My dearest Rihanna,
It is me,
And 3 AM in Montreal.
I am writing to you in English because I am not sure at this point, that you would pardon my French
The language of my “je t’aime”
And all the words I sang to you
In that bedroom,
Those other ones,
On the front seat of a U-Haul,
Or when you were in my backpack
While I was riding Ruth Ryders
The old bicycle taking us
All to a place I thought was home.
It never was, I am sorry.
I had to move out all the time
Holding you tight
Scared and weary,
Kissing your leaves
To give me strength…
The tear stains on my badass shades
Looked like the bars of a prison
The ones denying you freedom
Not the ones serving you cocktails.
My dearest dearest Rihanna
Maman suffocates in her guilt
I haven’t seen you in a while,
As weeks and weeks and months go by
I just keep breaking my promise
That “take care” song behind your name
I meant every word, I promise
I’ve never loved so constantly
You’re the one who took care of me
My sweet baby, I feel ashamed
I need a home to be your mom
And I struggle with permanence
In a country so hard to love
Where nobody ever loved me
I thought I’d have found it by now
By the time I turned 35
You wouldn’t be my single child
You’d thrive in a forest of love
You were my practice of caring
For someone other than myself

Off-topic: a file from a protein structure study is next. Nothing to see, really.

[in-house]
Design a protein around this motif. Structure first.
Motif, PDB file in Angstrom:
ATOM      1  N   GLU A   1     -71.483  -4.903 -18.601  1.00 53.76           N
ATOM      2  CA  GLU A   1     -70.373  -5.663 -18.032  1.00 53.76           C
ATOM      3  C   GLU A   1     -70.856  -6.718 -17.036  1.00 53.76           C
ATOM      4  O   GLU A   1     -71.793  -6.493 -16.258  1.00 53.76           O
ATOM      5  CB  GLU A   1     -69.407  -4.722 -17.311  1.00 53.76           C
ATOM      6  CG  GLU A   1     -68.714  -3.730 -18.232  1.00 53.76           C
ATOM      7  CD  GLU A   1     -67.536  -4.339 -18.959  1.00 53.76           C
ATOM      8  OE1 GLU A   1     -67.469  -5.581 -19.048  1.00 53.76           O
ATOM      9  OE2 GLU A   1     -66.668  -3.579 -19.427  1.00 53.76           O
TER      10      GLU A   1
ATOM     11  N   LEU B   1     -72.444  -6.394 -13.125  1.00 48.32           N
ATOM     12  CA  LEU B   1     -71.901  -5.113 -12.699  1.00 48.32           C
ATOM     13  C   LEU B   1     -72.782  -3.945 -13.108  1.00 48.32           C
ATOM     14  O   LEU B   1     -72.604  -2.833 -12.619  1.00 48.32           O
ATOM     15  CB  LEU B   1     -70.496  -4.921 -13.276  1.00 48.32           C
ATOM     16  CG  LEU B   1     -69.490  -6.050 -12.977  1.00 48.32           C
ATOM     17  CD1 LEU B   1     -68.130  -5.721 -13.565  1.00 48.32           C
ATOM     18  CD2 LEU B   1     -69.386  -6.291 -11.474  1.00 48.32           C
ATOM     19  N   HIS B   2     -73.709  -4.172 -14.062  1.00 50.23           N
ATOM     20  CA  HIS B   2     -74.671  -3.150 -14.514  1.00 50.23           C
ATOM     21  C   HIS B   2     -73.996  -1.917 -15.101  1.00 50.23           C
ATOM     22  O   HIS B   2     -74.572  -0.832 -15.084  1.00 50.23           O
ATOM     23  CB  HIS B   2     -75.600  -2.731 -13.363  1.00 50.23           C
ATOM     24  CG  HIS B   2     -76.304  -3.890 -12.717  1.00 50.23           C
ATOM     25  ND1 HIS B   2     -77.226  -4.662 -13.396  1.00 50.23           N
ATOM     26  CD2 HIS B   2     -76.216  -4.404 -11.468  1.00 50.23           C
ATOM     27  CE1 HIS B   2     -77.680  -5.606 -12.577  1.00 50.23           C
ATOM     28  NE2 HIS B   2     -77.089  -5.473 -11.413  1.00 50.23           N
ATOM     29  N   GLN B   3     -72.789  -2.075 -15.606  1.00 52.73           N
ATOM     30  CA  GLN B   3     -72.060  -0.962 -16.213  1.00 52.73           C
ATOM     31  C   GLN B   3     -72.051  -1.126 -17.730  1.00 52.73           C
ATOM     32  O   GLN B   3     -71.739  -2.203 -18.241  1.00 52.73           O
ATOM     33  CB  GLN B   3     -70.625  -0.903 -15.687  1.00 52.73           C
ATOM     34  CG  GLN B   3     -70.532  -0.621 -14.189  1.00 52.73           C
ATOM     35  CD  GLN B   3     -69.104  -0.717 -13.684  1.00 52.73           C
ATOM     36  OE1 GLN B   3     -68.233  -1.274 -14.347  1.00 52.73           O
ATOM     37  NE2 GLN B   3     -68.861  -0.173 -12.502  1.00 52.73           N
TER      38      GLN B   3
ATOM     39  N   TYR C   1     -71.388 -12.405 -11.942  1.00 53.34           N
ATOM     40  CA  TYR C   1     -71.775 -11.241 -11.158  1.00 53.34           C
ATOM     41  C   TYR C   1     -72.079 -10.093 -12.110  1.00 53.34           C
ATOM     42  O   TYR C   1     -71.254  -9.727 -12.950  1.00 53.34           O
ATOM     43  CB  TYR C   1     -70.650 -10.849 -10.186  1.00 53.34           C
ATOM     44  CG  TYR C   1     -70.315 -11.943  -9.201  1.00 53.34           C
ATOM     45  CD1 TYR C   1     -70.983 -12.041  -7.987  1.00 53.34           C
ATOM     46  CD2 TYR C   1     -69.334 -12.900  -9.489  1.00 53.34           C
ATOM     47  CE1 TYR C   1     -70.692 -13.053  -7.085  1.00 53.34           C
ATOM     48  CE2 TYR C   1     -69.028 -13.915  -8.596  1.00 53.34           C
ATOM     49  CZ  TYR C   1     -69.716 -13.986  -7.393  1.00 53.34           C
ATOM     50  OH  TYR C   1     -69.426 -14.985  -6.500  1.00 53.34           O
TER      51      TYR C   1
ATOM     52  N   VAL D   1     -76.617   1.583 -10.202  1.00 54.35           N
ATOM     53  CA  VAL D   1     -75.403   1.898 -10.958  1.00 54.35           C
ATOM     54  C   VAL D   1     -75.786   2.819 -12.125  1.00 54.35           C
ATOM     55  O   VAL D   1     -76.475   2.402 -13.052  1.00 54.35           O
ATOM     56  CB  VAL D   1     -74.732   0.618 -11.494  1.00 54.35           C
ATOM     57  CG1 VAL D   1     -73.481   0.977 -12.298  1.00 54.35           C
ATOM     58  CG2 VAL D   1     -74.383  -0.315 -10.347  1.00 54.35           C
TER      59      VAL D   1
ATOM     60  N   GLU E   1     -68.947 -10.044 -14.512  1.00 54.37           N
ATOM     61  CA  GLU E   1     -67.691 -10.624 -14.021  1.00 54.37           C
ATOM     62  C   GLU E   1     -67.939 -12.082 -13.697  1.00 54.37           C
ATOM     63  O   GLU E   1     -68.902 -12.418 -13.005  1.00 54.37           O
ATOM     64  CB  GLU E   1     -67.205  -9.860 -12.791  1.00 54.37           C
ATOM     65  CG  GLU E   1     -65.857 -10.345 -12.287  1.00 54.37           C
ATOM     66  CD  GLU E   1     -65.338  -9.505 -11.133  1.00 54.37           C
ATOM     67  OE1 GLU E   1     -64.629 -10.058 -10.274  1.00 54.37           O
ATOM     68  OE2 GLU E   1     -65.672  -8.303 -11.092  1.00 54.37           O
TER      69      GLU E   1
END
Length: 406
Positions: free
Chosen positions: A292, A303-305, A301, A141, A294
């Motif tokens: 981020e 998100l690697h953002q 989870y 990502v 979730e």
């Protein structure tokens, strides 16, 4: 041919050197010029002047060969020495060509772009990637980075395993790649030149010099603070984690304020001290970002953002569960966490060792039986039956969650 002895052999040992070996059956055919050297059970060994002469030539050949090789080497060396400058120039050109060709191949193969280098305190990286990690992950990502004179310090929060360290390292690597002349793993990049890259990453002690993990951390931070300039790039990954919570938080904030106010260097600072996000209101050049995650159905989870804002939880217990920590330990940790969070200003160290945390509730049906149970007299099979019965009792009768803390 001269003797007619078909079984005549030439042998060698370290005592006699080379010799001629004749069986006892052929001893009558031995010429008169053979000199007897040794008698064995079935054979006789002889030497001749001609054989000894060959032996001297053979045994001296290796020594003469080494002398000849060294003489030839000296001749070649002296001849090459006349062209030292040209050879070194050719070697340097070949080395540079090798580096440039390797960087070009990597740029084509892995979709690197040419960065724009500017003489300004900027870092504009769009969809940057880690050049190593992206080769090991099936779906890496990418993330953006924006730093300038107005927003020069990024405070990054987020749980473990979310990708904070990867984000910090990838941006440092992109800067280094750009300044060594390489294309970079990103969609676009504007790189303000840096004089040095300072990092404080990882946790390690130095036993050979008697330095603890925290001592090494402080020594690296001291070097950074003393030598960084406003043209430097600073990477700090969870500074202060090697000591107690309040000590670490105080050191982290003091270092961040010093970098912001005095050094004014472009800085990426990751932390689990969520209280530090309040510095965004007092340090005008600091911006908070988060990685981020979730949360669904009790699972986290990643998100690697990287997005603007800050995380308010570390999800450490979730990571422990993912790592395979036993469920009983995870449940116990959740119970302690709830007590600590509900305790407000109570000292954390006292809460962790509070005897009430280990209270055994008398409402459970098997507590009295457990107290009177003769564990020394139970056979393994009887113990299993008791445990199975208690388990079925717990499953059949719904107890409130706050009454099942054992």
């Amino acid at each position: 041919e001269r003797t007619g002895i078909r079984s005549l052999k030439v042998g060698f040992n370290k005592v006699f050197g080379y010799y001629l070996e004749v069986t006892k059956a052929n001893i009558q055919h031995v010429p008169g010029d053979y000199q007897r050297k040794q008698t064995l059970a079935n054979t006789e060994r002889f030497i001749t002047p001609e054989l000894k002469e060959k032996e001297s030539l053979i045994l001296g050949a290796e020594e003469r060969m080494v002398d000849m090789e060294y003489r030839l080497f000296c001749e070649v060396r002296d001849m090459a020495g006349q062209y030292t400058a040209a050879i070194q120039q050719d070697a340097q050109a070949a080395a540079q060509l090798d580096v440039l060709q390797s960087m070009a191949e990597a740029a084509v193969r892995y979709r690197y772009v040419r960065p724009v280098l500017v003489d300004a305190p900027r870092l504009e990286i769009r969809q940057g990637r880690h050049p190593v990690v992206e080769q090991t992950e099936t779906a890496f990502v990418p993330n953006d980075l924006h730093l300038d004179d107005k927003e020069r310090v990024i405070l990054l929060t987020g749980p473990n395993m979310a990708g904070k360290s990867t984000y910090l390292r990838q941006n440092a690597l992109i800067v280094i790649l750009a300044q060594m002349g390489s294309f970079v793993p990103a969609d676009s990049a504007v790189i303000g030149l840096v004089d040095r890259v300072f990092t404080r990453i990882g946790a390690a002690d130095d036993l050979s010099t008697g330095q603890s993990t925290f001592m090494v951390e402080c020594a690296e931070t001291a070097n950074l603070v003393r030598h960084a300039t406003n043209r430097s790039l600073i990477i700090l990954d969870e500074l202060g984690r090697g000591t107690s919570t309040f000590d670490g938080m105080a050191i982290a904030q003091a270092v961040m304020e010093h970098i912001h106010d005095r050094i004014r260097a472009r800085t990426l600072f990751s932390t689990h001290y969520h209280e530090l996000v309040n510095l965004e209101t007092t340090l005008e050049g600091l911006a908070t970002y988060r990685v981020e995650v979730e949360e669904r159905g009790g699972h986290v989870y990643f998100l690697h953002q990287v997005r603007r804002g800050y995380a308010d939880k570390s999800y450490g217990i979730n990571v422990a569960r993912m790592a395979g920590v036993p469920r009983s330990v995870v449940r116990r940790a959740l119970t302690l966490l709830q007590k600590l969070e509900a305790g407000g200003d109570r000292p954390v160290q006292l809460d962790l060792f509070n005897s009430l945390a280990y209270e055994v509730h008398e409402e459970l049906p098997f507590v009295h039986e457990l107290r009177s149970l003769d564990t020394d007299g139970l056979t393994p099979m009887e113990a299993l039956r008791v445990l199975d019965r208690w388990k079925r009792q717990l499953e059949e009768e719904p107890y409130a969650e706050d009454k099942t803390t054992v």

And of building a family
Some pets, some plants, a wife maybe
I was told you would never die
That’s one thing we had in common
Snake plants are great for a first time
You forgave all my oversights
Will you forgive me for failing
At my one job of raising you?
I will forgive you for loving
Your plant-sitter much more than me.
He is the best, I’ll give you that
And the best choice I’ve ever made
He has the home, the plants, the wife,
My vision board? That’s just his life.
When we reunite I will have
A beautiful home of my own
What if I’m sick of “Canada”?
What if I am forever gone?
What if I’ve been gone all this time
Like a phantom in denial?
I’ll have to stop being your mom
I will have to break my own heart.
Are you waiting, my Rihanna?
Are you waiting for my return?
I am in Montreal right now,
But yesterday it was Berlin and tomorrow, back in Paris,
Then maybe, maybe Wellington.
Don’t you think I am having fun
Being a stranger everywhere!
I’m trying to find the right pot
When there’s no earth for the Black queer
Jo Güstin is an intersectionality artivist who celebrates Black and queer lives using storytelling and comedy. After Cameroon, France, Germany, and Japan, the multilingual novelist behind 9 Histoires lumineuses (2017) and Ah Sissi, il faut souffrir pour être française ! (2019) now lives in Canada, where she shot her debut film Don’t Text Your Ex (2021), created and produced the audio series Contes et légendes du Queeristan (2020), and more recently, the bilingual poetry podcast Make It Like Poetry (2022).